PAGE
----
Marise Payne: Thank you. Questions?
Journalist: Sorry I just kind of wanted to understand the process, it's very technical, very legal. What does Russia lose by having its voting rights suspended?
Michaelia Cash: Well, they are unable to therefore vote on any matter that comes before the International Civil Aviation Authority. What we are looking for by way of both the Australian government and the government of the Netherlands, is trust, responsibility or truth, justice and accountability.
Journalist: Is there any other punitive measures or any other sanctions or any other restrictions that might be imposed?
Michaelia Cash: That is something that the Council itself would consider. But in the first instance, as I said, what we are looking for is that to decide and declare to have the International Civil Aviation Organization itself, the Council declare that by its conduct resulting in the downing of Flight MH 17, the Russian Federation, they have breached, it is a very serious breach. Article 3bis of the Chicago Convention. But also you would have heard the Foreign Minister say that whilst we have entered into negotiations for some time in good faith, Russia itself, disappointingly, they withdrew from those negotiations. We would like to see those negotiations continue, and therefore, we would request that ICAO make an order that the parties enter into those good faith negotiations. But ultimately, there are a number of ways that you could determine this, but ultimately that will be for the ICAO Council itself to determine once they have all the information in front of it.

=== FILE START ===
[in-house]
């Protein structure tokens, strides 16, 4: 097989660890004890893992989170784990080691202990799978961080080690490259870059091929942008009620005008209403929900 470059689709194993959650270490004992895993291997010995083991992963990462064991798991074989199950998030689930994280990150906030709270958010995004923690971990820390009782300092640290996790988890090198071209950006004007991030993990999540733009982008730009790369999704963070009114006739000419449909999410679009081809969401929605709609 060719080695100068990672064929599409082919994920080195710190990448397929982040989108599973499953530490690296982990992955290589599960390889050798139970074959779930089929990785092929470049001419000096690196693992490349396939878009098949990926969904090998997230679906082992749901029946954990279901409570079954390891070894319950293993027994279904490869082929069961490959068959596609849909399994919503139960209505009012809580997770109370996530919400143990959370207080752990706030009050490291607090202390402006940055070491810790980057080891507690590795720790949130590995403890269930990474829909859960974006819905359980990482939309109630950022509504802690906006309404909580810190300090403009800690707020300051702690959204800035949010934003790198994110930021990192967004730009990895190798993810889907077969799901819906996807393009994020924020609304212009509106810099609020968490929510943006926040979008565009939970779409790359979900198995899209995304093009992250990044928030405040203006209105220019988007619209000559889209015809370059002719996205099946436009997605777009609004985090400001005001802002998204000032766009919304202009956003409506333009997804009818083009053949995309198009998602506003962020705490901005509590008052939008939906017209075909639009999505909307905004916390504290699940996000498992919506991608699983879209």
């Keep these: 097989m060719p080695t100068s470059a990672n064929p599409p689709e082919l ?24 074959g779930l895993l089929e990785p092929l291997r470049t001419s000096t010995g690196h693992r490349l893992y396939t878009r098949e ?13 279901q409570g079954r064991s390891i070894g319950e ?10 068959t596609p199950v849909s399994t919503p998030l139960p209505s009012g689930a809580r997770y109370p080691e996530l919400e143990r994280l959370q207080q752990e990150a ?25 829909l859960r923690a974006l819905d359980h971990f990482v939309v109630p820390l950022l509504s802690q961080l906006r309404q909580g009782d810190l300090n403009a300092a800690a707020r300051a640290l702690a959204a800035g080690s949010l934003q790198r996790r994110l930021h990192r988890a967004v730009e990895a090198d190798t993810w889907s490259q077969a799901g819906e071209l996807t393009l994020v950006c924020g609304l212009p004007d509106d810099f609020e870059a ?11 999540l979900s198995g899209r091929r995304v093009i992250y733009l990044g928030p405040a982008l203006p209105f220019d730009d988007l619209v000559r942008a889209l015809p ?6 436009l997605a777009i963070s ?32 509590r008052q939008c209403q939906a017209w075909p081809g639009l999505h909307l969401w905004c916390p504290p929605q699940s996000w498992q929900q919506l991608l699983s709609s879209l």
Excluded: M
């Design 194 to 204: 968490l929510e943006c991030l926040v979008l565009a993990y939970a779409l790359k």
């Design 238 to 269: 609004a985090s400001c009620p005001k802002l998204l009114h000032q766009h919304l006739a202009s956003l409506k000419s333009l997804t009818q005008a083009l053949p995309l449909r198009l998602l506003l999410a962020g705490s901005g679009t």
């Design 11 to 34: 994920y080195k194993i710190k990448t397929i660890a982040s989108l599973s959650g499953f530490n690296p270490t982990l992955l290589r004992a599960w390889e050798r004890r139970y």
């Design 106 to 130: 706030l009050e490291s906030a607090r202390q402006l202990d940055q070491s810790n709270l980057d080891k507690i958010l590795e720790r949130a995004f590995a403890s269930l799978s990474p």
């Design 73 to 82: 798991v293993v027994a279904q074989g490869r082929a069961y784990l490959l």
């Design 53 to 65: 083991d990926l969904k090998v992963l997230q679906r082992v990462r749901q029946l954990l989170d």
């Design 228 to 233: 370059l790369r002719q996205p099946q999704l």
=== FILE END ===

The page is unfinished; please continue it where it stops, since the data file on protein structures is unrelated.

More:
Journalist: Russia withdrew from these negotiations about 18 months ago. Why is this action being brought now, today?
Marise Payne: Well, there are multiple reasons for the action being brought today, but of course, as you know, there is also an action between which the Dutch government and which Australia has supported in relation to domestic trials in the Netherlands. This is separate but complimentary to that. We have always said that we will pursue every legal Avenue that we can. So there is that action. They are proceedings against individual suspects through the Dutch National Prosecution. We are providing support to the Dutch National Prosecution as well as bringing these proceedings in the ICAO.